Sometimes though, you can’t make a topic workable, no matter what you do. In those cases, look at the bright side: you just saved a lot of effort by finding out now rather than after years of trying.
But what if your idea for a blog is indeed viable? Well then, it’s time to do a little good old-fashioned espionage!
Thankfully, this next step is a lot less painful than the first one. It’s also much easier to explain.
Once you’ve verified your blog has potential, you need to study the blogs your audience already reads.
For instance, let’s say you want to start a blog for new homeowners. You’ll teach them how to make simple repairs themselves, maximize the value of their home, save money on their mortgage, and so on.
After going through the checklist above, you discover it meets all the criteria, and — alakazam, alakazoo — you have a workable blog topic. What’s next?
Well, the average new homeowner is in their 30s. Many are also parents. Chances are, a lot of them also have at least a passing interest in personal finance. Otherwise, they wouldn’t be able to afford a home.
So, here’s what you do: study the top personal finance and parenting blogs. In particular, you need to uncover their most popular content and learn from the patterns you see.
When you finish, you’ll have a list of ideas for blog posts backed by evidence of popularity. While nothing is guaranteed in life, the success of these posts will be far better than anything you might dream up in the shower and decide to write about. As a result, you should have a much easier time outpacing your competitors.
But it’s still worth testing a few of them, just to make sure…
At this point, you might be tempted to grab a hosting account, install WordPress, and start blogging your heart out, but don’t.
Yes, you’ve done some cool research. Yes, your ideas for blog posts are far more likely to succeed. Yes, you’re way ahead of most beginning bloggers.
But I hate to break it to ya…
There’s an excellent chance you analyzed all those popular posts from other blogs your audience reads and came to all the wrong conclusions. Before going through all the effort of creating a new blog, I recommend testing your ideas on perhaps the coolest blogging platform out there right now:
If you’ve never heard of it, Medium is the brainchild of Ev Williams, the geeky and brilliant co-founder of Twitter. He created it to become the largest, easiest to use blogging platform in the world, and he’s managed to attract over 30 million monthly readers, as well as celebrity writers like Matthew McConnaughhay and James Altucher.
And here’s the really cool part: you can write on Medium and get the chance to have your writing exposed to its 30 million readers, free of charge. Here’s how:
Now, here’s the big question:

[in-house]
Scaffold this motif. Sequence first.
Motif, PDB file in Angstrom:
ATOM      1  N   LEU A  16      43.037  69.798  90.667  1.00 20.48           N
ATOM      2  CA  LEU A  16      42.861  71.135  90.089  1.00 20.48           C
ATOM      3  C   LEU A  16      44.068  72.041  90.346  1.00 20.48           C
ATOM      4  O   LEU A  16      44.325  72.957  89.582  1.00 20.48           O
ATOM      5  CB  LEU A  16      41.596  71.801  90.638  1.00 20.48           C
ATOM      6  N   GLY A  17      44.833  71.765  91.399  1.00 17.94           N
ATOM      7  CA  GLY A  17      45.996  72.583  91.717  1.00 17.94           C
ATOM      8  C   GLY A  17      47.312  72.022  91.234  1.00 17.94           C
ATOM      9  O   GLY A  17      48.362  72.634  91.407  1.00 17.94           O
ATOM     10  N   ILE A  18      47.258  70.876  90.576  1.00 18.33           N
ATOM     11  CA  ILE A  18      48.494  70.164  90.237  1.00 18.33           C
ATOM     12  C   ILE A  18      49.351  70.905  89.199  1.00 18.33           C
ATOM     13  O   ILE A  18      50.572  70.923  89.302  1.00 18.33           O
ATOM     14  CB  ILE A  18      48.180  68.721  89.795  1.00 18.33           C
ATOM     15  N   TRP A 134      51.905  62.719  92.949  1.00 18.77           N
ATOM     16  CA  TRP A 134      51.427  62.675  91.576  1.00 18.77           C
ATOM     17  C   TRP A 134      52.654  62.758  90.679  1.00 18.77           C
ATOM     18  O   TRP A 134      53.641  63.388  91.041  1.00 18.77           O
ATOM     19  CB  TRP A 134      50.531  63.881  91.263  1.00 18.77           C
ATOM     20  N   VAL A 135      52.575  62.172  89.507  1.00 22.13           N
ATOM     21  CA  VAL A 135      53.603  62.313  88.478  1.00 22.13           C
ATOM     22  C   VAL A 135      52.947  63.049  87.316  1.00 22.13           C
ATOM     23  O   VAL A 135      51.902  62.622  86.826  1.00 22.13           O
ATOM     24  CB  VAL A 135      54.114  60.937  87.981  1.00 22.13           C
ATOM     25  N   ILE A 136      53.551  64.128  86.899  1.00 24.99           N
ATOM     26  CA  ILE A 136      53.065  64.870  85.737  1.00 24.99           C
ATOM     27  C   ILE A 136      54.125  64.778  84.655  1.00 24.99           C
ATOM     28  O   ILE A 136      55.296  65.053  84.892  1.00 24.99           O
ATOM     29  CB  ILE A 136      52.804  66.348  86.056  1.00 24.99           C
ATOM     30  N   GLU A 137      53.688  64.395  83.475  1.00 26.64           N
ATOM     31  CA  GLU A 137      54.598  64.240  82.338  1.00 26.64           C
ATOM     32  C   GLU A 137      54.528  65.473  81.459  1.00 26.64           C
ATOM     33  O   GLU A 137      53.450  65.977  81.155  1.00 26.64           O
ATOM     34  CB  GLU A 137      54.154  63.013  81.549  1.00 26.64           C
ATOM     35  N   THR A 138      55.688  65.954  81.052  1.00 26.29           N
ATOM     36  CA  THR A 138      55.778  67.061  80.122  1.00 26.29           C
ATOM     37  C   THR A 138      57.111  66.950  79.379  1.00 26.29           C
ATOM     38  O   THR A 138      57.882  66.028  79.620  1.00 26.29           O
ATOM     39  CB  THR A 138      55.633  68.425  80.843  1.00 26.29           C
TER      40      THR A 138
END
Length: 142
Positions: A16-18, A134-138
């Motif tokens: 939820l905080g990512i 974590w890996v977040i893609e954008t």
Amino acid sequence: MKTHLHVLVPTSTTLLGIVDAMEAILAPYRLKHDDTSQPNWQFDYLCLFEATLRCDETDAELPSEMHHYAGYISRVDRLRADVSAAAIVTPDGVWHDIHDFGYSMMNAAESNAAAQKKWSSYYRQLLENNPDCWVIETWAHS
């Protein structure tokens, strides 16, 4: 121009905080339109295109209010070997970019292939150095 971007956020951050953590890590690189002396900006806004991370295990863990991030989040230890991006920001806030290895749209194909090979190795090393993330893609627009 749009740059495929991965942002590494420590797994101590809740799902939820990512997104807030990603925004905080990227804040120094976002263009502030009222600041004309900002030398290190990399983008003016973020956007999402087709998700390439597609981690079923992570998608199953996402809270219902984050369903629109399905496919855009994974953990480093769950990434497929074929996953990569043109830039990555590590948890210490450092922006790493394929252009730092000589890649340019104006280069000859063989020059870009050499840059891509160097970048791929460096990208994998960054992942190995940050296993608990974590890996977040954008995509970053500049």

How do you know you’re ready to switch over to WordPress?
Should you target a certain number of claps? Shares? Comments?
Actually, none of the above. In my opinion, none of those really mean much.
You’re much better off paying attention to your outreach success rate. You see, influencers are an excellent judge of content. If you can convince 20% of the blogs you email to share your post, and you can hit at least 20% on three different posts, I believe you’re ready to start your own blog.
If your outreach success rate hits 20%, there’s also an excellent chance at least one of your posts will end up featured on Medium, either on one of the interests or maybe even the front page, driving thousands upon thousands of new readers to your post. Again, not only will that help you build your audience, but it’s an excellent indication you’re on the right track, and it’s time to branch off on your own.
So, lots of influencers are sharing your post on Medium, and you’re itching to crank up your own site and snag some of that traffic?
Cool. Let’s just take it one step at a time, and the first step is getting a clear domain name.
Put yourselves in the shoes of the visitor. You’re browsing the web, and you see a headline for a blog post that catches your attention. Maybe a friend on Facebook shared it with you, maybe it came up on a Google search, or maybe it’s just a link in another article you’re reading. Regardless, you click the link, and consciously or not, you’re asking yourself a single question as you browse through it…
“Is this for me?“
Within a few seconds, you have to decide whether to keep reading the post or move on to something else, and the only way you’ll stay is if it’s relevant to you. Not just the post, either. When you’re deciding, you’ll take in the design of the page, other post headlines, and, yes, the domain name.
For example, consider Entrepreneur.com. Is there any doubt who the site is for? Entrepreneurs, of course!
How about MakeaLivingWriting.com? Obviously, it’s for people who want to make a living as a writer.
Neither names are clever, but they help you decide to stay or go by clearly articulating who they are helping. That’s what a good domain name does.
Of course, all the great domain names are taken, right?
Not necessarily. Here are three different methods for finding the perfect domain name for your site:
Use these three strategies to make a list of 10-20 domain names you’d be happy having. You can write them out in a word processor, or if you want to get fancy, you can use a tool like NameStation to generate a lot of ideas at once.
Once you’re finished brainstorming, head over to a site like NameCheap to see if they are available. Click “Bulk Search” in the search box and paste in your domain names to check them all at once.
Sometimes you get lucky, and one of your favorites is available. If not, you either have to head back to the drawing board for another brainstorming session, or you can go to a premium domain name marketplace like Sedo.
Either way, one word of advice:
Don’t get hung up on your domain name. While it’s certainly helpful to have a good one, there are thousands of hugely popular sites with terrible domain names no one understands.
In other words, it’s not really a “make or break” factor for your site. Give yourself a few days or maybe a week to brainstorm ideas, and then make a decision, because once you have your domain name, you are ready to…